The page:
The Grand Canyon of the Colorado River makes a deep cut through an elevated highland above the surrounding deserts: the Coconino Plateau on the south and the Kaibab Plateau on the north. Grand Canyon National Park encompasses the big canyon as well as substantial parts of both north and south plateaus, both sections ("North Rim" and "South Rim") being accessible by paved roads. The Canyon is a wonderland of mesas, buttes, pinnacles and terraces, but the plateaus (or the edges of them - the rims) offer the magnificent views of all this terrain. The higher Kaibab Plateau is compared to a great inverted shallow dish by Pyne (1989), with the highest point on the Kaibab Plateau being an otherwise unremarkable place deep in the forested interior (see "North Rim lookout" by Summit Poster surgent). Of the canyon edge of the Kaibab Plateau, Point Imperial is said to be the highest rim point in the national park (8803' or 2683 m elevation). A nearby un-named peak, 8881' in elevation, is an easily accessed hilltop with 300' of prominence from surrounding high points - quite a rarity on either Rim. It is accessed by a short hike from the end of a good forest road. This un-named peak is informally known to wildfire fighting personnel as "Big Round Top" (Pyne, 1989).
The route parallels the border between GCNP and the Kaibab National Forest-managed Saddle Mountain Wilderness. Although the peak itself is just outside the Park, I include it with the Grand Canyon.
The Kaibab Plateau ("North Rim") is accessed by AZ Highway 67, which passes through the small tourist village of Jacob Lake. (At Jacob Lake there is a US Forest Service visitor center - stop here for information). From Jacob Lake, travel south on scenic 67 a little over 26 miles to the junction with Forest Road 611 (to your left or east). About 1.5 mile down this road is a junction with FR 610 - take this right and travel another 12 miles to the loop turnaround at the Nankoweap / Saddle Mountain Wilderness trail head. Much of this section of FR610 follows the Kaibab National Forest / Grand Canyon National Park boundary. Total travel on the unpaved road is about 14 miles one-way. The road is well-travelled and well-maintained by the USFS for joint use by USFS and the National Park. I recommend stopping at the Jacob Lake visitor center to ask about the road condition - sometimes deadfall blocks the road.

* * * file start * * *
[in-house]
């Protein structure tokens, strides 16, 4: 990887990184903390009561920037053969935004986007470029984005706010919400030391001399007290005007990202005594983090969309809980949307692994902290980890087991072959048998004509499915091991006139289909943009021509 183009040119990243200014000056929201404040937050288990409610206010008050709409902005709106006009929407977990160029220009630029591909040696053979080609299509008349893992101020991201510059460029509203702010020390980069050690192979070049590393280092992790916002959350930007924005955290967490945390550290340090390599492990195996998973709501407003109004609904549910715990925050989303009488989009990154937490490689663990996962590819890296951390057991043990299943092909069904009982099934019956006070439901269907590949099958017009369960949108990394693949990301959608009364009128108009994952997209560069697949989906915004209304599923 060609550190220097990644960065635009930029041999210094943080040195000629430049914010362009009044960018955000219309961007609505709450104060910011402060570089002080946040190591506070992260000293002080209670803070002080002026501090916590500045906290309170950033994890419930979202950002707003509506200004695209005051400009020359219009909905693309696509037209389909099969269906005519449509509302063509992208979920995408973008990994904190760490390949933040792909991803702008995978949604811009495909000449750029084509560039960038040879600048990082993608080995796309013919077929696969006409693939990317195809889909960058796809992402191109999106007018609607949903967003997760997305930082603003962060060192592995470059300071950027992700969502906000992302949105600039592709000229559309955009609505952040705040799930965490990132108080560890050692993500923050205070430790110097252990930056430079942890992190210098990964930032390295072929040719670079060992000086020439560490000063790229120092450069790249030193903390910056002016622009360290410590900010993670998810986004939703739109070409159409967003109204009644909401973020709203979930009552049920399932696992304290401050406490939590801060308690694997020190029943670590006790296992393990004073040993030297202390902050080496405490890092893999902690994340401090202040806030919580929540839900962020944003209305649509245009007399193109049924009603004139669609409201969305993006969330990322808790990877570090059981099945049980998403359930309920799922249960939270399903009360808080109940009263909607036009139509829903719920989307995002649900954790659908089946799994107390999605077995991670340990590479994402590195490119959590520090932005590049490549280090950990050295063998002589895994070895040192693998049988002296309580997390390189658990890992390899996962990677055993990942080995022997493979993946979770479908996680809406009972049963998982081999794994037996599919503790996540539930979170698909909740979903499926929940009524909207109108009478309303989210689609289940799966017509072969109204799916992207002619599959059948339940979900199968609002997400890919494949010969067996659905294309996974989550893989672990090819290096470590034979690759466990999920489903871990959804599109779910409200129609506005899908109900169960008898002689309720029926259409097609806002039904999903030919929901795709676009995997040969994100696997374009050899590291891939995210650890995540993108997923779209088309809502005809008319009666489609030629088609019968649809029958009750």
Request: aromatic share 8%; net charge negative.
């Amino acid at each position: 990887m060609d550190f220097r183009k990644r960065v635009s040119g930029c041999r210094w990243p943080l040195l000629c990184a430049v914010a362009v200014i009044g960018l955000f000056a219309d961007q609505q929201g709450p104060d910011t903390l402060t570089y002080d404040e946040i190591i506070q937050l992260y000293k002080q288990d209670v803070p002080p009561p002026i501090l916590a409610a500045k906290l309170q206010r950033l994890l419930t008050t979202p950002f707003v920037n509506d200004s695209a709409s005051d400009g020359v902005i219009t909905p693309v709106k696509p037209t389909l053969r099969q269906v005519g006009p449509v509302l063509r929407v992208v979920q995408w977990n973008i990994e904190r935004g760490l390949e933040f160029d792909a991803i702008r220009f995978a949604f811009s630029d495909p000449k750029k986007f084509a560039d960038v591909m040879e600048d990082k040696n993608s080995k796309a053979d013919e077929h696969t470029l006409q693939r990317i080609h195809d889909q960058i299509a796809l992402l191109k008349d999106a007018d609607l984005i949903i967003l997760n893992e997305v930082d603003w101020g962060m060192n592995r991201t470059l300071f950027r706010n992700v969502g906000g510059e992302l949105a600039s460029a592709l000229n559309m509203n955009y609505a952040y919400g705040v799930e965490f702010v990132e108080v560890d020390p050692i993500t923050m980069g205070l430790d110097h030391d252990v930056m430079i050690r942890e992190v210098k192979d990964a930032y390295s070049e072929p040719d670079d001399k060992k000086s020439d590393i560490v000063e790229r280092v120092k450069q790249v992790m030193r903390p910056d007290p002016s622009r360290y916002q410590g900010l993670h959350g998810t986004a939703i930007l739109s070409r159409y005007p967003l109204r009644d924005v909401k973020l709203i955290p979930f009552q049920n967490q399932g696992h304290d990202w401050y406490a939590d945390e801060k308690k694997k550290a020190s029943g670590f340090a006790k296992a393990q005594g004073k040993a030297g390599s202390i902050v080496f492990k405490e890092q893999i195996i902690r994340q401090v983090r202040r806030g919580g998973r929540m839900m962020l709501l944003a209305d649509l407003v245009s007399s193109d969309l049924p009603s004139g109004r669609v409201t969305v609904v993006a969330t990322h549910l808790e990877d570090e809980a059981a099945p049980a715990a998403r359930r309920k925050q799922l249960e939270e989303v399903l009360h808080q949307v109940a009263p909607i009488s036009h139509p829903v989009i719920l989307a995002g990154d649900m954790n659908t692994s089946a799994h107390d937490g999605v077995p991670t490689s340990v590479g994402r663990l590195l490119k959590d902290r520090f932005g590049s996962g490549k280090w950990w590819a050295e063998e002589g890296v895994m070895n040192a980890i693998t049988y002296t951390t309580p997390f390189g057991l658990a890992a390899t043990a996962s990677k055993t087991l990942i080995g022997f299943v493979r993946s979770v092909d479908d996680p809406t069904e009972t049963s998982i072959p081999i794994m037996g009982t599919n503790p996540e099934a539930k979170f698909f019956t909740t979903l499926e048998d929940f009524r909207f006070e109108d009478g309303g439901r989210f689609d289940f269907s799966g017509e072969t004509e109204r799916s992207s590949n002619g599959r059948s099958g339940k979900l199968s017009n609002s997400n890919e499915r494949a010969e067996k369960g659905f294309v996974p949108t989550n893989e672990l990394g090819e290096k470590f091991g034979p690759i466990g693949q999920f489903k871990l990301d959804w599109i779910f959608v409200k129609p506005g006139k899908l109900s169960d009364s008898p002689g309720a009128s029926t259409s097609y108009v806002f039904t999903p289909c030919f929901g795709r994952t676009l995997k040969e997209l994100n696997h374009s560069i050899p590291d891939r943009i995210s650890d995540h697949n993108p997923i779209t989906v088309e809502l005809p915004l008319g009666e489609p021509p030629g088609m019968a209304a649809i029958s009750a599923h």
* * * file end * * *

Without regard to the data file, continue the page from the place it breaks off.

A visitor register kiosk is maintained at the Nankoweap trailhead - the start of a short walk to the top of peak 8881. The trail runs eastward right over the broad, mostly treeless summit, and the highpoint has a small cairn marking it. It is ridiculously easy to get to the top - it should take even a slow walker no more than 20 minutes. Elevation gain will be slightly over 300 ft. It is well worth the view! If more walking is desired, continue on the trail. The Nankoweap trail branches further: one branch drops over 4 miles to a lower trailhead in House Rock Valley, another branch continues to the Colorado River in Grand Canyon National Park.
By the way, you can access Point Imperial with some small honor by walking to it (instead of driving to it like I'm sure 99.9% of visitors do). The Point Imperial trail (4 mile round trip) starts at a signed gate a short walk up FR610 from the terminal loop. The trail crosses a major burn area from the 2000 Outlet fire (yes, big fires get names just like big storms). Parts of the trail are getting overgrown with a thorny bush (Arizona locust, or "wait-a-minute bush" according to Pyne). Wear long pants to avoid getting scratched up.
this is the type of view one gets from peak 8881
Vehicle use is restricted to existing roads. The hike is entirely within the Saddle Mountain Wilderness Area.
When to Climb
Arizona Highway 67 south of Jacob Lake is closed at the first heavy snowfall (in general, late October or early November). The road re-opens usually in the latter half of May. I suppose that one could walk up to the hilltop in the depth of winter from the lower trailhead in House Rock Valley (Forest Road 8910).
Several good car-camping sites exist at or near the end loop of Forest Road 610. Please practice low-impact camping. Pack out your trash and don't destroy the vegetation. If you have a fire, use existing fire rings.
Alternatively, the USFS DeMotte campground will be passed on Highway 67, less than a mile north from the described intersection.
I found interesting reading about the area in Stephen J. Pyne's book Fire on the Rim - a Firefighter's Season at the Grand Canyon
(1989, University of Washington Press, Seattle).